Heritage Foundation: More of Everything!


Categorie: Finances, Reality Check |


While taking a trip with Elaine on one episode of Seinfeld, Jerry got bumped to first class. While Elaine suffered in coach, an attractive flight attendant pampered Jerry with drinks and ice cream sundaes. “More of anything?” she asked. “More of everything!” Jerry declared.

It’s telling that that‘s what popped into my head while reading The Heritage Foundation’s new recommendations for U.S. military force structure under the Obama Administration. “Success requires a military capable of defeating traditional threats posed by nation-states, transnational threats from terrorist organizations and organized crime, and dangers from collapsed states, such as piracy.”

To Heritage, that means more of everything:

* Buying 2,400 new Air Force fighters, versus the roughly 2,000 projected in current plans

* Increasing the long-term Navy carrier fleet from 11 to 13

* Building more than the planned three DDG-1000 stealth destroyers, despite their $5-billion price

* Maintaining the Army’s Future Combat Systems modernization scheme, despite its delays and cost increases

“On this basis, the budget target for defense should be to maintain today’s levels of spending, adjusting for economic growth — roughly 4 percent of GDP.”

But today’s budgets are inadequate even for today’s force structure. Expanding the force means spending more than 4 percent. That’s simply a non-starter in a global recession.

“The United States cannot arbitrarily pick the enemies that it wants to fight or ignore potential threats that may become challenges or conflicts,” Heritage contends. True, but we can choose to accept a higher level of risk in preparing for the types of conflicts that are clearly remote contingencies. Major state-on-state warfare is less likely today than at any point in recent history. That means we can relax requirements for major, conventional-war hardware, especially fighter jets and aircraft carriers.

Besides, we don’t really have a choice. Defense spending simply will not rise above 4 percent of GDP, no matter what Heritage wants. And 4 percent buys a future force with fewer major combat systems than today’s.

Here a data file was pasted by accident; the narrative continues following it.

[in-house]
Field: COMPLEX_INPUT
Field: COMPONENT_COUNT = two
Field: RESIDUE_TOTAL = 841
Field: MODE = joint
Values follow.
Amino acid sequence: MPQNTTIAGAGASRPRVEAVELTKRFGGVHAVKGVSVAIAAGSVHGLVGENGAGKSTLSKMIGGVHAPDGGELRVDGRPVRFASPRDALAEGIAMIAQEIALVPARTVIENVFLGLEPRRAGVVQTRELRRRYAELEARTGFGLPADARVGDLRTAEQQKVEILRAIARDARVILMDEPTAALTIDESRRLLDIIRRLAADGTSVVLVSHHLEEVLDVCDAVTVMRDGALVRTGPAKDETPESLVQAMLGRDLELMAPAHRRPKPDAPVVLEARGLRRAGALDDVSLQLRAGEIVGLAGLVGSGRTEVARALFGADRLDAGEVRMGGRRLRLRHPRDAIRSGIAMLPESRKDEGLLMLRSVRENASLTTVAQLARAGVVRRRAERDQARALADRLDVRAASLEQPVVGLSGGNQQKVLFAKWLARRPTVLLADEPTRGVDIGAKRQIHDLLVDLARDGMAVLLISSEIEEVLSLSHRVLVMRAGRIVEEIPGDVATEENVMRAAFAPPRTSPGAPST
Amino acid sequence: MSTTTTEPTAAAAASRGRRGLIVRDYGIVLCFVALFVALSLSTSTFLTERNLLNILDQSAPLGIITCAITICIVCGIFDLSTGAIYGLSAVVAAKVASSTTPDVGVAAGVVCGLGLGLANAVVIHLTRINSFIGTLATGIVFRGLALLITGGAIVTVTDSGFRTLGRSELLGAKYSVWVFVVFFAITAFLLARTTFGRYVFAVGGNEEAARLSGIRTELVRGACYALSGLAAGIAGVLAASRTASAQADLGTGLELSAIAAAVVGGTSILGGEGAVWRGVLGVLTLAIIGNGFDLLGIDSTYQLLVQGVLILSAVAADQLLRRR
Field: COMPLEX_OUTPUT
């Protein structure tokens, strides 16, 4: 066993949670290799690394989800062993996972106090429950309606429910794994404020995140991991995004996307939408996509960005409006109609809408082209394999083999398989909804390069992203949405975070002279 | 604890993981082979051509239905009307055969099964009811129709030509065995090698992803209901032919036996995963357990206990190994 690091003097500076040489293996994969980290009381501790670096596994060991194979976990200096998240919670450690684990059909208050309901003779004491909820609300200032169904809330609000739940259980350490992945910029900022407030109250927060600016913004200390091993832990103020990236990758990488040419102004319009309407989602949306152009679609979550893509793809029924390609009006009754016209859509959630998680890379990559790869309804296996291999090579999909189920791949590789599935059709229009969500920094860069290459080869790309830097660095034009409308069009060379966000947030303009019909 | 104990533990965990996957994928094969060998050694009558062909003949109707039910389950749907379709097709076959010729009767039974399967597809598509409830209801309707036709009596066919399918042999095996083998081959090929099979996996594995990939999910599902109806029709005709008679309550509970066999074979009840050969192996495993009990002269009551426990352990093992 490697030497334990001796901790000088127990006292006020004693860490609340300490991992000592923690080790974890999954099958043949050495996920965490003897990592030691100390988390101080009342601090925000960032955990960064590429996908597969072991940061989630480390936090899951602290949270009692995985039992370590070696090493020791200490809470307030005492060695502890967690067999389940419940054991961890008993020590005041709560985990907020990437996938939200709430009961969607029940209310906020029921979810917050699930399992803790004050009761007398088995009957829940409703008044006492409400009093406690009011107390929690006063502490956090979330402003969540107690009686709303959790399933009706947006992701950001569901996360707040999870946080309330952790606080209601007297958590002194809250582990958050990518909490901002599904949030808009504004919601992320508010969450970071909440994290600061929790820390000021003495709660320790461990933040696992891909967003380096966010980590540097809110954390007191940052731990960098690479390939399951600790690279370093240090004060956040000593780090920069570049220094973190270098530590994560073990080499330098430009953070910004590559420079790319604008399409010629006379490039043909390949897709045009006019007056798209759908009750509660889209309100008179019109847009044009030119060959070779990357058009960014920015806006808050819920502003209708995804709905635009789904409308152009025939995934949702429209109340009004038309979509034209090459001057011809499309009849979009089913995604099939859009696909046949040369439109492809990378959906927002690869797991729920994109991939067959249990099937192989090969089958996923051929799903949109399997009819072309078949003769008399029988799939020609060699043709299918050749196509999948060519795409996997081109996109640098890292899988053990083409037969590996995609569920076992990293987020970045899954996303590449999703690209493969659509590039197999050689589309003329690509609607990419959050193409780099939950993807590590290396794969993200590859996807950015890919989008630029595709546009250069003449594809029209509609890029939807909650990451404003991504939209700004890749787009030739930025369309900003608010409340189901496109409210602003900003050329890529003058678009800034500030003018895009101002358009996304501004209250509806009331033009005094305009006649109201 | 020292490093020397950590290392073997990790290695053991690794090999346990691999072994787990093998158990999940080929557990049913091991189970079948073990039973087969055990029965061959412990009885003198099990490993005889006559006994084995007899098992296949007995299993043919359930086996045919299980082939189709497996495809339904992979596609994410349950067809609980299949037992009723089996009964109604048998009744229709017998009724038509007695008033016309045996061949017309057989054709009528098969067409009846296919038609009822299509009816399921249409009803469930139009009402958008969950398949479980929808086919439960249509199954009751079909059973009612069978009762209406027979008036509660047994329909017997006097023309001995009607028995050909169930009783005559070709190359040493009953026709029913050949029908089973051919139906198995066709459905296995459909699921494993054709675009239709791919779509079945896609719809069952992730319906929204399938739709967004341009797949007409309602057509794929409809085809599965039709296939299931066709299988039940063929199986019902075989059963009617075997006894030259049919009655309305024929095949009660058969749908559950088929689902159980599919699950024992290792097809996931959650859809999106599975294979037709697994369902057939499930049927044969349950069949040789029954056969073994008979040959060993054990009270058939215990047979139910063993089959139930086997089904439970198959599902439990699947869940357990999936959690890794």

In other words, there’s no free upgrade to first class. We’re flying coach. Get used to it.


6 Responses to “Heritage Foundation: More of Everything!”

  1. Heretic says:

    Sounds like the Heritage Foundation hasn’t played the same games we have …
    Build Your Own Air Force
    Build Your Own Navy

    I’d love to see just how ridiculously expensive their plans for the USAF and USN are respectively when “playing the game” and putting a price on their wishlist(s) to Santa.

  2. Moose says:

    Normally I resist casting aspersions, but Heritage is attempting a Partisan hit-job on this one. They’ve set a completely unreachable goal for the sole purpose of giving opponents of the Obama Administration something to wave in the air with false outrage. They’ve gone from “conservative research and analysis” to “convenient conservative soundbites” rather shamelessly.

    Well, either that or they really believe all the above are possible at 4% and there are a number of Heritage Fellows who should be mailing their diplomas back.

  3. soonergrunt says:

    The Heritage Foundation has only ever existed to do partisan hit jobs. Any useful policy prescriptions that organization has ever come up with were purely incidental.
    A 4% GDP defense spending goal, absent any strategic basis, is just spending money for the sake of spending money, whether or not it’s enough or, as has been pointed out mulitple times, too much for the express purpose of producing a partisan cudgel.

  4. Jim Dolbow says:

    I, too, disagree with The Heritage Foundation. I think we should spend 5-6 percent of our shrinking GDP on defense and not just 4 percent.

  5. I reject the idea that Heritage is being partisan here. Never underestimate the stupidity of your fellow man.

    Historically, conservatives have always thrown money at defense no matter how irrelevant a weapon may be for current threats. The Left is quite the opposite, advocating rapids cuts of the same with little regard for national security. Lets hope with Gates in charge as a “Hybrid Defense Secretary”, some sanity may return to procurement.

  6. Paul Wogamun says:

    It looks like the defense industry lobbyists are going to have to up the ante, and start making big donation$ to left-leaning think tanks like the Brookings Institute. After all, who can soundly disagree with a presumably left-leaning Brookings Institute subtly recommending an increase in defense spending?

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